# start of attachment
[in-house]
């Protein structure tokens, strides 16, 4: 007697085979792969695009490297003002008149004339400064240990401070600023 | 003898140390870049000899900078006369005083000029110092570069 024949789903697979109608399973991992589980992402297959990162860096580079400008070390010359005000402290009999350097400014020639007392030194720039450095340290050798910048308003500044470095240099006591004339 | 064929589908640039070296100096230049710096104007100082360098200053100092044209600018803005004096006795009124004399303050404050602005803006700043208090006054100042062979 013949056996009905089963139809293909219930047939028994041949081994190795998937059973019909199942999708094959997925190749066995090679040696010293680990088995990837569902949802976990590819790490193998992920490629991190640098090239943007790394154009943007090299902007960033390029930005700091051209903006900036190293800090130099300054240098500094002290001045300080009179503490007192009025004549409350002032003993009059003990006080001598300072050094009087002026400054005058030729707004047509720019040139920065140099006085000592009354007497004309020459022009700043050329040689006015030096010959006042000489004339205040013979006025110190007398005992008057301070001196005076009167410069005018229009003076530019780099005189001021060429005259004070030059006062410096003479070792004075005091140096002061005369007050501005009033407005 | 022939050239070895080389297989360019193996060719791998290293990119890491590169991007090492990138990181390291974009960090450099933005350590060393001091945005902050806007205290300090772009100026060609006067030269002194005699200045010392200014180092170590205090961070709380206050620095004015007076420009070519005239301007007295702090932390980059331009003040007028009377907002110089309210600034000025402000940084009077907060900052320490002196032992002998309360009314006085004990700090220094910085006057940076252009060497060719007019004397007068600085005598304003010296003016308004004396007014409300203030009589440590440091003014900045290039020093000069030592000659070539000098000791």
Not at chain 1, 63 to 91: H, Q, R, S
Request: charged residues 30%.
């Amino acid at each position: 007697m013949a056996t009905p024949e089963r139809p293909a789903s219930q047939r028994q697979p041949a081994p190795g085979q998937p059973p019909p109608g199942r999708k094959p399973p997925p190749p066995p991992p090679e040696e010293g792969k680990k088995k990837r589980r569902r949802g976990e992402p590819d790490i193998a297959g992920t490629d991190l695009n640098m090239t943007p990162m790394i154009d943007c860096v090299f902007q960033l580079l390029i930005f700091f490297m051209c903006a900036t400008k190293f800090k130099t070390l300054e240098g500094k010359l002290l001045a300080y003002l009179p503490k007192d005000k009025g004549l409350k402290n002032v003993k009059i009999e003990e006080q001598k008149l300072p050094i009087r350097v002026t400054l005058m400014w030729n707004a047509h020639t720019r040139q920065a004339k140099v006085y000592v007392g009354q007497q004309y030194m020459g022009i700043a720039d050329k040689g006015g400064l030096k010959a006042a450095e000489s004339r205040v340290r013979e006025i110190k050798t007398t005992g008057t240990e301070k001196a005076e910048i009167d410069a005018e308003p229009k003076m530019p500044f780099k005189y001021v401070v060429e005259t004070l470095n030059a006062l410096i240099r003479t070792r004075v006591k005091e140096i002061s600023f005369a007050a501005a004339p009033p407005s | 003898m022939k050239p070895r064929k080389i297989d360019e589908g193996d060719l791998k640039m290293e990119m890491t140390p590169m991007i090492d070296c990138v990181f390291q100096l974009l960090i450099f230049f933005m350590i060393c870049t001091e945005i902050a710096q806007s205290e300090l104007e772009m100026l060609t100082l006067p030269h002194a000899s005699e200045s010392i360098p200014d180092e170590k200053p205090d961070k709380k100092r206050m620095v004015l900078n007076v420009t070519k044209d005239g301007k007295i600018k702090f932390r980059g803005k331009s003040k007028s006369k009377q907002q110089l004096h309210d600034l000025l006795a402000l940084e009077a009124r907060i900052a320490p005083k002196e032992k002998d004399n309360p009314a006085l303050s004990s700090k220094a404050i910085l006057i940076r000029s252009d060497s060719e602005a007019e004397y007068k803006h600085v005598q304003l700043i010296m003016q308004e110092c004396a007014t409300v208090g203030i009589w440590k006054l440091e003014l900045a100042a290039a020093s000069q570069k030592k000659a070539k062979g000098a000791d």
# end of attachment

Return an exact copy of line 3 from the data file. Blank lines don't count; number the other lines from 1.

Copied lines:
Not at chain 1, 63 to 91: H, Q, R, S